A short man in madras shorts came scooting down the aisle weighted down with both suitcase and duffel bag. Upon closer inspection, the duffel bag was a modified dog carrier. Tucked inside was a dachshund without a boarding pass. Madras was a needy individual, requiring ample space for his dog, his carry-on, his in-flight slippers. In the middle seat was a most unhappy woman; we hadn’t even left the ground and there was simmering conflict between the two seatmates concerning legroom. Just before take-off, the third of the threesome arrived, taking his window seat. I can only describe the man as larger than life. The seats are narrow, the dog carrier is not soft-sided and refuses to fit beneath the seat. Dachshund whimpers, eyeing me with that sad Dachshund expression. Believe me little doggy, with five plus hours to travel, I’m whimpering too.
In order to stretch their legs, the folks seated across from me must stand in the aisle. As they spill out of their seats, there is no longer an aisle because they are basically wedged against my personal space. They are shuffling themselves, and I am leaning as far to my right as is humanly possible. There is something vaguely and painfully Cirque du Soleil about this move. The most considerate of the bunch is the dachshund who it appears, is not on the plane’s manifest. There’s a heated exchange of words between Mr. Madras and the flight attendant. I bury my head in my book and pray for tail winds. It occurs to me we’re heading west and tailwinds won’t really come into play until my return flight. I can only hope that traveling from LA to NJ will feature different players. Be careful what you wish for.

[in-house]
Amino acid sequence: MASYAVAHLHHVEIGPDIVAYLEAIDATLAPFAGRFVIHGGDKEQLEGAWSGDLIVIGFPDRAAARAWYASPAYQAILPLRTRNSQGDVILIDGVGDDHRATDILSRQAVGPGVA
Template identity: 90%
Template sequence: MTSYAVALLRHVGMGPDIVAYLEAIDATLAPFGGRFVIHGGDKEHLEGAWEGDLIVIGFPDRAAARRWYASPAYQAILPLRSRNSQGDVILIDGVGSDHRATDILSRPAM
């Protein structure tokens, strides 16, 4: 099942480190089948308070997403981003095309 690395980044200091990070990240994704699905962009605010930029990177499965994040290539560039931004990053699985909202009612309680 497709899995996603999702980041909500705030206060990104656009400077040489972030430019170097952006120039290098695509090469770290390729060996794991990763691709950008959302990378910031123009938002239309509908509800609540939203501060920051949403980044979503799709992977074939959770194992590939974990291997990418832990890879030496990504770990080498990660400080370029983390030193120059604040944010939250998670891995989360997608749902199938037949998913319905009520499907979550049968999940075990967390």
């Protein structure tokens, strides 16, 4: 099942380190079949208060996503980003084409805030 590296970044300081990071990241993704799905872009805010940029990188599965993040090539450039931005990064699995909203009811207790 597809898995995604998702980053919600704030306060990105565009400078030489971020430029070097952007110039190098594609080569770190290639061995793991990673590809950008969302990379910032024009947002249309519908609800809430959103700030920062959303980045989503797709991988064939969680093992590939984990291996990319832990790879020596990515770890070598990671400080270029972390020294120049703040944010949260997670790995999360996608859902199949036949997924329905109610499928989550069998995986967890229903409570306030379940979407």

On Wednesday, I am once again wading through the high tide of security. Having forgotten Blondilocks’ travel mantra, Jam is a Liquid, my carry-on bag is checked. Other than terrorism, turbulence and unforeseen Acts of God, my only concern is protecting a slice of raspberry rhubarb pie tucked into my small tote bag. In front of me, a man, a woman and a very new baby are navigating an enormous baby stroller tethered to a pair of fluffy dogs. I lose them at security only to be reunited with them at Gate 34, bound for Newark. The dad is cajoling the crying baby with an irritating sing-songy platitude. I am appalled and terrified; what if this traveling dog and baby show is seated in row 16?!
The good news is that I am seated several rows behind the dogs and baby. Quite honestly, I would have been happy to sit with the adorable dogs. The bad news is that the baby cries for a solid hour before being drowned out by the intermittent screeching of a child seated behind me. I wanted to cry, too. The young woman to my left finds sitting a challenge and wants to stand in the aisle, except when she doesn’t want to stand in the aisle. There’s an awful lot of up and downing until I finally call it quits. “Look,” I suggest to the woman with acute restless leg syndrome. “Maybe it would be better if you go and stand in the rear of the plane with the flight attendants.” I am desperately trying to protect my small tote bag, neatly tucked beneath the seat in front of me. Behind me, a leggy traveler feels the need to wedge her feet between my armrest. I didn’t think that was humanly possible unless you were in the throes of a Vinyasa class. Namaste.
With just an hour of the flight remaining, I retrieve the brown paper bag from Sqirl. The oversized slice of raspberry rhubarb pie is as delicious as it is restorative. With each forkful, I am closer to the gate.